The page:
“So Much” is a term best reserved for a parent whose child cannot tell her/him what he wants to eat. Last evening, I had to guess how many leftover pigs in the blanket Greg wanted for dinner. Our “so much” is measured only in terms of the normalcies that most families take for granted. SO MUCH, because it is a lot, buckets full of a lot to hope that someday our children will ask for what they want.
“So Much” is reserved for a parent who is her/his child’s best friend. Greg’s dad, Jay, is Greg’s best friend, not age-appropriate, but best, nonetheless. Jay and I have no regrets about that; like all parents we wish he could communicate and have typical friendships to enrich his life, but father/son is wonderful. “So Much” because what will happen to Greg when his best friend Dad pre-deceases him and he is left behind?
So much” is best reserved for a parent who cannot hear the joys and sorrows of our children with autism because they cannot share them with more than a scream or a smile or a gesture. We want that verbal communication so much.
When I was watching CNBC a few weeks ago and saw that Roche Pharmaceuticalss has a revolutionary new autism drug awaiting the next stage of development, I was hopeful again. Again? AGAIN. Over the years, I have jumped on many a bandwagon of treatments for Greg. Families remember the B vitamin craze as well as the DMG which we were told would change our lives. Families also remember having their child’s poop analyzed for deficiencies, excesses and all manner of abnormalities. I remember back in the day when they were shooting a med right into the children’s abdomen with the hope of ridding the body of harmful toxins! (We didn’t try that one, but we considered it!) These drugs were ineffective in treating Greg’s challenges.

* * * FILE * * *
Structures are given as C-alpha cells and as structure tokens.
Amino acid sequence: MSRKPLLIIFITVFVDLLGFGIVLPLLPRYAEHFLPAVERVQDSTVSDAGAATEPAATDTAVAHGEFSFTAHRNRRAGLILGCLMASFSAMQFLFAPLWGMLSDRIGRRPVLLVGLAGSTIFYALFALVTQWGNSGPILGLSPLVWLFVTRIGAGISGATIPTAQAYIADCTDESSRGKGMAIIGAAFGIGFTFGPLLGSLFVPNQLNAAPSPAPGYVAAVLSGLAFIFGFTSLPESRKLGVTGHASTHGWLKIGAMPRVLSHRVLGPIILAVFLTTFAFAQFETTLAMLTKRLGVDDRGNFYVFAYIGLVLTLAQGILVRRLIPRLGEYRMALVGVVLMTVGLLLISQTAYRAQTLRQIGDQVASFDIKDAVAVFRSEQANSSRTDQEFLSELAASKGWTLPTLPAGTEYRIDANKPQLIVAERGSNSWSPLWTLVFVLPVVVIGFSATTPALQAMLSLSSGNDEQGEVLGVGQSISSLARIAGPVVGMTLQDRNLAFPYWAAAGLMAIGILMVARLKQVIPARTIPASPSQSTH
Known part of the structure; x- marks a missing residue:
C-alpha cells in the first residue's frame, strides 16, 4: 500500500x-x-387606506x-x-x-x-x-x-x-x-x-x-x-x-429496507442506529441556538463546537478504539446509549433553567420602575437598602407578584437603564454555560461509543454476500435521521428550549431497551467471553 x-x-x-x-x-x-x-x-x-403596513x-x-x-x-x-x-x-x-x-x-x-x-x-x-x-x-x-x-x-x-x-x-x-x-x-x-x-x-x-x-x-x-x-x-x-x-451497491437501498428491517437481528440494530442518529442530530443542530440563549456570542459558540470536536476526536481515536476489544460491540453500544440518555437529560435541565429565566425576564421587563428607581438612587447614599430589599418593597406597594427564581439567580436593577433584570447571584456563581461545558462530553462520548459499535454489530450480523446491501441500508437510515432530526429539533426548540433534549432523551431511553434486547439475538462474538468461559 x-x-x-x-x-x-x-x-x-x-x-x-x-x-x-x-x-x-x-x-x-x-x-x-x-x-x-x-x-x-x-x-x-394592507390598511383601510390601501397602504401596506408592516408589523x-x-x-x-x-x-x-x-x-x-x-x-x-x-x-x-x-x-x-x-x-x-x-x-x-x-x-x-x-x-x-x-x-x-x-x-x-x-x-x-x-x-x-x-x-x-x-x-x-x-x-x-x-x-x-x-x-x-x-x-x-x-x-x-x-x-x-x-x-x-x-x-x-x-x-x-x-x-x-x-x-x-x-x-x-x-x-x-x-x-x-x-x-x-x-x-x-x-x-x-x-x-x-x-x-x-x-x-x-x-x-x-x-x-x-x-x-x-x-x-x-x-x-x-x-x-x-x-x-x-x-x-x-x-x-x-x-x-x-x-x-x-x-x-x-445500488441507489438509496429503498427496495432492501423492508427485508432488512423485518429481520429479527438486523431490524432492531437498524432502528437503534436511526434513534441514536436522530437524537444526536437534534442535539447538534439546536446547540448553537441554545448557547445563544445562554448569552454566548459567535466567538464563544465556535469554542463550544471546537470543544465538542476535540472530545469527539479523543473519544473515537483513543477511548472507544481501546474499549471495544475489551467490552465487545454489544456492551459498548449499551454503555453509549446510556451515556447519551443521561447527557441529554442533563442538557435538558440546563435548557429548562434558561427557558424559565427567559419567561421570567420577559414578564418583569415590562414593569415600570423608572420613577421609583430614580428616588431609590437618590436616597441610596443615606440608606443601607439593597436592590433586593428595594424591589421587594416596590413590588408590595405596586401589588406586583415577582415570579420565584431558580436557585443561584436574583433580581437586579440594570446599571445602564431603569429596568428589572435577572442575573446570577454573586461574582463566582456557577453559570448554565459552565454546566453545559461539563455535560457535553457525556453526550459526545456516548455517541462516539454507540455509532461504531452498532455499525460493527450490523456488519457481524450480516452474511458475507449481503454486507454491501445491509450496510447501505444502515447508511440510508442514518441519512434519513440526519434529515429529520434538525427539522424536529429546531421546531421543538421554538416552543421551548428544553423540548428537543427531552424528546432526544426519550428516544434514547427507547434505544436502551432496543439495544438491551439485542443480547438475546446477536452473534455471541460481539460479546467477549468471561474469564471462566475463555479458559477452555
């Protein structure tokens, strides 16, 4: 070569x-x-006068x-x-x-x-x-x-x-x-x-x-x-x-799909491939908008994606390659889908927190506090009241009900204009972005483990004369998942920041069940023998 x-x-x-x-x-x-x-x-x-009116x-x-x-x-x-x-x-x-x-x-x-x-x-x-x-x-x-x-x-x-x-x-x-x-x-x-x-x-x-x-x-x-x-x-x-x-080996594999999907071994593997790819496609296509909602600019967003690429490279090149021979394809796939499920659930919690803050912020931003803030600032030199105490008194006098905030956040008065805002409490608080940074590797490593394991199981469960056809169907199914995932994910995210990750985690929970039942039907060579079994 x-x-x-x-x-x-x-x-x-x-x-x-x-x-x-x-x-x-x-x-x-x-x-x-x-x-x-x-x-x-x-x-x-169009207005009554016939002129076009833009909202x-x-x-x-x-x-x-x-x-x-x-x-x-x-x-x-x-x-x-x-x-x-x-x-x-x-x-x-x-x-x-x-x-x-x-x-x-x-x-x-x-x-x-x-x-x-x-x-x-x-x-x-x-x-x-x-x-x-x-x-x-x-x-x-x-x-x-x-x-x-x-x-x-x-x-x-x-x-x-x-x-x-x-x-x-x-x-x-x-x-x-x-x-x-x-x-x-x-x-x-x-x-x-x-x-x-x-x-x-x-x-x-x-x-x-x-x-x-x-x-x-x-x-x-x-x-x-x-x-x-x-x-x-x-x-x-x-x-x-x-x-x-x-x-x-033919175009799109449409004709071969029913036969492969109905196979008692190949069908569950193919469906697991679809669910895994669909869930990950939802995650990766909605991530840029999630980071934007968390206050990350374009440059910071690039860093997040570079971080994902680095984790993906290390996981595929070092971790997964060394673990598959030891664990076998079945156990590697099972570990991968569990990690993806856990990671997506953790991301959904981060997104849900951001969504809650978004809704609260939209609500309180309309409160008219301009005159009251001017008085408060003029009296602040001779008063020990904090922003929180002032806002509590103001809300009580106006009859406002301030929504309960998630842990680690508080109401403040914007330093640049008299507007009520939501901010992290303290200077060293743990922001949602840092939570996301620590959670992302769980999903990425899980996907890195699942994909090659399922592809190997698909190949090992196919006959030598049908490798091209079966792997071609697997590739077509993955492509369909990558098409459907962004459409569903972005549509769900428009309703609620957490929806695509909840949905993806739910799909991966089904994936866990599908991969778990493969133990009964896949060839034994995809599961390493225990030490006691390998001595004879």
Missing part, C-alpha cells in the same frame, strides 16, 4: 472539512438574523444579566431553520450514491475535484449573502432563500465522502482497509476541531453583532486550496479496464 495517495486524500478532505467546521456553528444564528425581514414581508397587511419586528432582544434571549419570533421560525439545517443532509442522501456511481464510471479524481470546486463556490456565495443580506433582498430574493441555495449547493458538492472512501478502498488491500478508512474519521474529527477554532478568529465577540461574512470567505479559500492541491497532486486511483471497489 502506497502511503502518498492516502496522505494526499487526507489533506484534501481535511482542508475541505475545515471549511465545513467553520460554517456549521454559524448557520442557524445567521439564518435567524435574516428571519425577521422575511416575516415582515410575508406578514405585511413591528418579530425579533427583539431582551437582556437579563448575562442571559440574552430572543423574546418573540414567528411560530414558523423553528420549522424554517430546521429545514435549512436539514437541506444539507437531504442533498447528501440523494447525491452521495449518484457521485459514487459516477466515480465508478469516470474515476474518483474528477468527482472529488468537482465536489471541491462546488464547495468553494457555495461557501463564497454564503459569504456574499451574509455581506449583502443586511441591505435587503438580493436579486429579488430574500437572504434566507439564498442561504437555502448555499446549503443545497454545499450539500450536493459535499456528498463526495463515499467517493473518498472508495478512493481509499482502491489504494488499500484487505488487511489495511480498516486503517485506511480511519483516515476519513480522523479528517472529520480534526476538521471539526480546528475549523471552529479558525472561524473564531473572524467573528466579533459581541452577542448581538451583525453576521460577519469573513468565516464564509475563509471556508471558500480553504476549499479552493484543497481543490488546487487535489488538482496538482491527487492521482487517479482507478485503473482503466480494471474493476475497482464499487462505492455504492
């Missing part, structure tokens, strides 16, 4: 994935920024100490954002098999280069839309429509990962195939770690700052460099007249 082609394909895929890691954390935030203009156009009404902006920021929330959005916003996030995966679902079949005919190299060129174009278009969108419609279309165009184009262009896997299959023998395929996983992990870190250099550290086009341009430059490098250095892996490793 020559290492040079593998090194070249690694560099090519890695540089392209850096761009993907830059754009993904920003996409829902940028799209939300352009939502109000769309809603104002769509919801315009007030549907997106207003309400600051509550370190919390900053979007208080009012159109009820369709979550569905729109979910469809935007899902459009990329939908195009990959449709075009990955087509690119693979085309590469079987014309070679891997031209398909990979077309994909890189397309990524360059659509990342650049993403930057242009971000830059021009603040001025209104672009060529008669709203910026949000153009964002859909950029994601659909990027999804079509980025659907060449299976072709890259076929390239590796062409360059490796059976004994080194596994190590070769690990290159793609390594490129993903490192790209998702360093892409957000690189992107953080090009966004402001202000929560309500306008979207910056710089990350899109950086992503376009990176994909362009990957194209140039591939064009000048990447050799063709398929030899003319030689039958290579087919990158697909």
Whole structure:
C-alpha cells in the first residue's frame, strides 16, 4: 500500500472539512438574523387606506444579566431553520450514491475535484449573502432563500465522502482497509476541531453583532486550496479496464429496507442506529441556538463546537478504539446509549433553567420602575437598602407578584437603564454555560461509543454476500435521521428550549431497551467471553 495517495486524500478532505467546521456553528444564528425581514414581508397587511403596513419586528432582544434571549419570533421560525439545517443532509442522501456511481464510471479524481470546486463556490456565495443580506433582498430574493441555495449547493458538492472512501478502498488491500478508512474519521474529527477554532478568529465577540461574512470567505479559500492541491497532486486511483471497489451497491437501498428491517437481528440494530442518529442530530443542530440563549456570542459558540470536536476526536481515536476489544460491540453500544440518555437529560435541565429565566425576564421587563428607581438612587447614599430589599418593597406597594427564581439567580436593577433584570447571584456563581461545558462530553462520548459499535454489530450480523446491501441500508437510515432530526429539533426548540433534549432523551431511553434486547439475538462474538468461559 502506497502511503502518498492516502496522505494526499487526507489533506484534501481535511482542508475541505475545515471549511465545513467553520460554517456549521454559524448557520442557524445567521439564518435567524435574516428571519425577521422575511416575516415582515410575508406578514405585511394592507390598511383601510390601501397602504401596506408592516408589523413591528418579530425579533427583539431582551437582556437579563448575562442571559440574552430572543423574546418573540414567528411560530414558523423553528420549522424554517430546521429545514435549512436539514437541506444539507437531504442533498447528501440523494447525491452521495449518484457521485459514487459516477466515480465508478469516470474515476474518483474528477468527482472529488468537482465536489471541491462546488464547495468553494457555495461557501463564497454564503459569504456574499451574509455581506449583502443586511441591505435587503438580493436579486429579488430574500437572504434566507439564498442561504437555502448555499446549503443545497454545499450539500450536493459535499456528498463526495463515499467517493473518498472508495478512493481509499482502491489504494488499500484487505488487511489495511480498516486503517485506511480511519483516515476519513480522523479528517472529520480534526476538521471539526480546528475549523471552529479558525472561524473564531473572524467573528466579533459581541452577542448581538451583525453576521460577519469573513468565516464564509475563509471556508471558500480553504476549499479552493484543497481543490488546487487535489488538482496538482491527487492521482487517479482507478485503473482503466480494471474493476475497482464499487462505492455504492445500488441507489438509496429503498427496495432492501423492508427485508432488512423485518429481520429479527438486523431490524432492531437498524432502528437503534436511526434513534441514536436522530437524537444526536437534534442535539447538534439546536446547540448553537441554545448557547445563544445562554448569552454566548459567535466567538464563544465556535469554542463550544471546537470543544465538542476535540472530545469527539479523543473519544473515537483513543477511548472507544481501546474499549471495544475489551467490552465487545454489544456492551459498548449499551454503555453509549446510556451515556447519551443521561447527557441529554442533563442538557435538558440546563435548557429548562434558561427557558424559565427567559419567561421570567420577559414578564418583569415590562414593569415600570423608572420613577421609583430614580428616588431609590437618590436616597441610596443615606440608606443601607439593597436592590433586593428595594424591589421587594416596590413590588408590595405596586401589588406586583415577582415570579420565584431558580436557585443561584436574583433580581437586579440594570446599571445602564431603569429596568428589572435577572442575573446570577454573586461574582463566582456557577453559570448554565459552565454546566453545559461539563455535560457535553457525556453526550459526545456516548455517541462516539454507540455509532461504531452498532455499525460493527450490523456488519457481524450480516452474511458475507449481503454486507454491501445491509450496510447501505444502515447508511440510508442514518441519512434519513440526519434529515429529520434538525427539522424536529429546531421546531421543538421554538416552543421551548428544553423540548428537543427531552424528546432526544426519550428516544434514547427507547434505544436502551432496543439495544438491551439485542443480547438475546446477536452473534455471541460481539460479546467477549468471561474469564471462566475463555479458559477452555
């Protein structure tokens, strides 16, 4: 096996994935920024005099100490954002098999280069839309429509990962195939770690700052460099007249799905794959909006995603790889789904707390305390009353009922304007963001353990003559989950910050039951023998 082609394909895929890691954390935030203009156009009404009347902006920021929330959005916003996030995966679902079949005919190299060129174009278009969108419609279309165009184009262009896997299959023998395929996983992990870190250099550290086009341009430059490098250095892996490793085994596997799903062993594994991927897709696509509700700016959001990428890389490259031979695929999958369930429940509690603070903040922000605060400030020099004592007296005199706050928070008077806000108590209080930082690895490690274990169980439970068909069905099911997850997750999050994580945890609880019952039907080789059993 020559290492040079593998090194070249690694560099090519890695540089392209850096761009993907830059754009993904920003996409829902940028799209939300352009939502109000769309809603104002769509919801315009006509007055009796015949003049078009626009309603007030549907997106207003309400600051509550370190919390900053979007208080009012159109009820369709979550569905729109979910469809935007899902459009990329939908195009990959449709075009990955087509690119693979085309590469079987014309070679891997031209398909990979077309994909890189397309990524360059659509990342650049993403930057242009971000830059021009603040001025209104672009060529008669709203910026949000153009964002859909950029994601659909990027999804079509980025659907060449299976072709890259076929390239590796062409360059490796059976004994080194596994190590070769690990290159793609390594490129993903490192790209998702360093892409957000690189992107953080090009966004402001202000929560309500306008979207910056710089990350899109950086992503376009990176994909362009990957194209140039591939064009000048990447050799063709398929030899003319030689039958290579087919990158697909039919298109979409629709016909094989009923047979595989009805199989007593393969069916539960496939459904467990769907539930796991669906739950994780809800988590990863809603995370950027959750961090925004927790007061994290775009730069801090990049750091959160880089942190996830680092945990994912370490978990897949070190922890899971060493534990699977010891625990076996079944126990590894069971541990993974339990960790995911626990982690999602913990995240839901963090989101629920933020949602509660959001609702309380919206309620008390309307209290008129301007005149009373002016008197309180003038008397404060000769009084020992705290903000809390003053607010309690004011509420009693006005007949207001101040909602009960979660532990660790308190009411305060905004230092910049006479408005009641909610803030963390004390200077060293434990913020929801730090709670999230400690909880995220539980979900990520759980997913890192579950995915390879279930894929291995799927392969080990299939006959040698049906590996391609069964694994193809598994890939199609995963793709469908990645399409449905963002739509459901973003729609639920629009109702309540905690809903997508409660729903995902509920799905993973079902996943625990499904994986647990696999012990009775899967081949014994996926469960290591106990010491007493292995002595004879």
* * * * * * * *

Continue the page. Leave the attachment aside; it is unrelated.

However, we are in a new era of discovery and the brain studies done by various universities and other researchers offer a glimpse into what causes autism. This time, I am truly hopeful. If you can get to the cause, surely you can find a solution? Roche is going to do it for our family as well as for myriad other families who hope for increased speech and social relationships in our autistic children.
Greg has amassed 30 plus years of untold stories. He has lived with us, resided in a group home, and is now back with us. Surely there are stories to tell. How did he feel when he saw the Grand Canyon? He seemed bored. Maybe it was just a big hole in the ground to him? In his bathroom, one sees a picture of him sitting on the wall overlooking Niagara Falls. He is smiling. Why did he smile when he saw that beauty and power? How about belief in Santa Claus? Does he really believe a man in a red suit flies around the sky, delivering presents to children all over the world at Christmas time only? To see him rip into his presents, one would think so. When Bert and Ernie entertain him, are they talking directly to him? He is engrossed in their conversations, yet cannot produce fluent speech himself.
Message to Roche: We are counting on you. We don’t care how much this drug costs. We recognize the amount of research, testing and trials you have to go through to perfect this drug. Perfect it. We will buy it. Other families will buy it. Life is short, and Greg has a lot to tell us.
Greg knows we are his family. I believe that in my heart. How nice it would be to hear those words again. I haven’t heard them since losing Greg in Park City, Lancaster, PA. When we found him, he uncharacteristically and shockingly said, “You are my family.”
As Greg walked down the stairs from his bedroom, he paused to look at these pictures, smiled and walked down to the kitchen. I wonder what he thought of the new display. Here’s to Roche helping me find out...